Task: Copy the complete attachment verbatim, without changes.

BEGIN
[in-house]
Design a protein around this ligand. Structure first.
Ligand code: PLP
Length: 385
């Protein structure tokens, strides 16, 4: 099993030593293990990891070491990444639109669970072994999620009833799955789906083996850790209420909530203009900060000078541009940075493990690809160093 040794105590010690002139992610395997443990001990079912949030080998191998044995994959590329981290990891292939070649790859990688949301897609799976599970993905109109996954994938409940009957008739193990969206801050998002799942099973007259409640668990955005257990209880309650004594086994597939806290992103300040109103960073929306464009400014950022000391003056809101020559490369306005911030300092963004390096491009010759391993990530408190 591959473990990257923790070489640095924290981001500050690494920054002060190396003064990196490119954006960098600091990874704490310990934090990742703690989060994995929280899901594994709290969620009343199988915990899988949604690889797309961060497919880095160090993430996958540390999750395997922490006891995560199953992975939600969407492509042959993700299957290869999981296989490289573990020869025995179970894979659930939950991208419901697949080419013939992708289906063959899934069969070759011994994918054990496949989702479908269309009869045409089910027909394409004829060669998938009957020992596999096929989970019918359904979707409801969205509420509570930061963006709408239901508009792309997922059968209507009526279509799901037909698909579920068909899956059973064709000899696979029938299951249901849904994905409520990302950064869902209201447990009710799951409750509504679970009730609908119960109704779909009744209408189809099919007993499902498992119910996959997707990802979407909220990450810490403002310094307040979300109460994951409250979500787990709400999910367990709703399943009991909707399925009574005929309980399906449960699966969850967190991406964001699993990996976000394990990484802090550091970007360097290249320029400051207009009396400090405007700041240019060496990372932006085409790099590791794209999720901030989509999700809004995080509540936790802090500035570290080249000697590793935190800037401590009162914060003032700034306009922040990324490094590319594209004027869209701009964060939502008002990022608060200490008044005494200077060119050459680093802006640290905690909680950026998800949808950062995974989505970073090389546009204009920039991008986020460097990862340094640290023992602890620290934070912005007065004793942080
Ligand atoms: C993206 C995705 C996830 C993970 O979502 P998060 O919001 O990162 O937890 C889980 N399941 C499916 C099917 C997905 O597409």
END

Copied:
[in-house]
Design a protein around this ligand. Structure first.
Ligand code: PLP
Length: 385
């Protein structure tokens, strides 16, 4: 099993030593293990990891070491990444639109669970072994999620009833799955789906083996850790209420909530203009900060000078541009940075493990690809160093 040794105590010690002139992610395997443990001990079912949030080998191998044995994959590329981290990891292939070649790859990688949301897609799976599970993905109109996954994938409940009957008739193990969206801050998002799942099973007259409640668990955005257990209880309650004594086994597939806290992103300040109103960073929306464009400014950022000391003056809101020559490369306005911030300092963004390096491009010759391993990530408190 591959473990990257923790070489640095924290981001500050690494920054002060190396003064990196490119954006960098600091990874704490310990934090990742703690989060994995929280899901594994709290969620009343199988915990899988949604690889797309961060497919880095160090993430996958540390999750395997922490006891995560199953992975939600969407492509042959993700299957290869999981296989490289573990020869025995179970894979659930939950991208419901697949080419013939992708289906063959899934069969070759011994994918054990496949989702479908269309009869045409089910027909394409004829060669998938009957020992596999096929989970019918359904979707409801969205509420509570930061963006709408239901508009792309997922059968209507009526279509799901037909698909579920068909899956059973064709000899696979029938299951249901849904994905409520990302950064869902209201447990009710799951409750509504679970009730609908119960109704779909009744209408189809099919007993499902498992119910996959997707990802979407909220990450810490403002310094307040979300109460994951409250979500787990709400999910367990709703399943009991909707399925009574005929309980399906449960699966969850967190991406964001699993990996976000394990990484802090550091970007360097290249320029400051207009009396400090405007700041240019060496990372932006085409790099590791794209999720901030989509999700809004995080509540936790802090500035570290080249000697590793935190800037401590009162914060003032700034306009922040990324490094590319594209004027869209701009964060939502008002990022608060200490008044005494200077060119050459680093802006640290905690909680950026998800949808950062995974989505970073090389546009204009920039991008986020460097990862340094640290023992602890620290934070912005007065004793942080
Ligand atoms: C993206 C995705 C996830 C993970 O979502 P998060 O919001 O990162 O937890 C889980 N399941 C499916 C099917 C997905 O597409």